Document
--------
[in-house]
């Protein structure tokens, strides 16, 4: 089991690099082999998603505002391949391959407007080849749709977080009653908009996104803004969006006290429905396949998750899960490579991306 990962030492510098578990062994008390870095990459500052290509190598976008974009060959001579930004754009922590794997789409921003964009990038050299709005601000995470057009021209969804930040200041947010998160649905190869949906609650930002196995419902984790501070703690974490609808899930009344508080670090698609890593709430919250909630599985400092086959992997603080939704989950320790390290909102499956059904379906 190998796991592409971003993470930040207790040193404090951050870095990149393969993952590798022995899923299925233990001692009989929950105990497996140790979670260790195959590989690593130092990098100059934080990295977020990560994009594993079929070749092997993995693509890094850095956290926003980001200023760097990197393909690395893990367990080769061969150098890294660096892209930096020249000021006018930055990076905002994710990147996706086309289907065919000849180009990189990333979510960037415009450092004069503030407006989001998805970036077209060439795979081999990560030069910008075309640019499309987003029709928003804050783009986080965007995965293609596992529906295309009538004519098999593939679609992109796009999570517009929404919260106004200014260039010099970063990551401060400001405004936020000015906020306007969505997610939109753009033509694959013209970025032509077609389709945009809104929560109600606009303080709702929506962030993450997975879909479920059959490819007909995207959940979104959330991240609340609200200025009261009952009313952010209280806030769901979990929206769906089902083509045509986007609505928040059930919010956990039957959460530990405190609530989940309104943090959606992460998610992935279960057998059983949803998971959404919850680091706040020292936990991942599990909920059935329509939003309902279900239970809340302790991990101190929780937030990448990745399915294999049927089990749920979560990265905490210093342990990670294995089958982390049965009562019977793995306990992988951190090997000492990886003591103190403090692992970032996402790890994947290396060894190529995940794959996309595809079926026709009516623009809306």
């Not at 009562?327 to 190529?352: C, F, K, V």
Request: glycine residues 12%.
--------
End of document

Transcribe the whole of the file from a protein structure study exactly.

[in-house]
């Protein structure tokens, strides 16, 4: 089991690099082999998603505002391949391959407007080849749709977080009653908009996104803004969006006290429905396949998750899960490579991306 990962030492510098578990062994008390870095990459500052290509190598976008974009060959001579930004754009922590794997789409921003964009990038050299709005601000995470057009021209969804930040200041947010998160649905190869949906609650930002196995419902984790501070703690974490609808899930009344508080670090698609890593709430919250909630599985400092086959992997603080939704989950320790390290909102499956059904379906 190998796991592409971003993470930040207790040193404090951050870095990149393969993952590798022995899923299925233990001692009989929950105990497996140790979670260790195959590989690593130092990098100059934080990295977020990560994009594993079929070749092997993995693509890094850095956290926003980001200023760097990197393909690395893990367990080769061969150098890294660096892209930096020249000021006018930055990076905002994710990147996706086309289907065919000849180009990189990333979510960037415009450092004069503030407006989001998805970036077209060439795979081999990560030069910008075309640019499309987003029709928003804050783009986080965007995965293609596992529906295309009538004519098999593939679609992109796009999570517009929404919260106004200014260039010099970063990551401060400001405004936020000015906020306007969505997610939109753009033509694959013209970025032509077609389709945009809104929560109600606009303080709702929506962030993450997975879909479920059959490819007909995207959940979104959330991240609340609200200025009261009952009313952010209280806030769901979990929206769906089902083509045509986007609505928040059930919010956990039957959460530990405190609530989940309104943090959606992460998610992935279960057998059983949803998971959404919850680091706040020292936990991942599990909920059935329509939003309902279900239970809340302790991990101190929780937030990448990745399915294999049927089990749920979560990265905490210093342990990670294995089958982390049965009562019977793995306990992988951190090997000492990886003591103190403090692992970032996402790890994947290396060894190529995940794959996309595809079926026709009516623009809306």
């Not at 009562?327 to 190529?352: C, F, K, V």
Request: glycine residues 12%.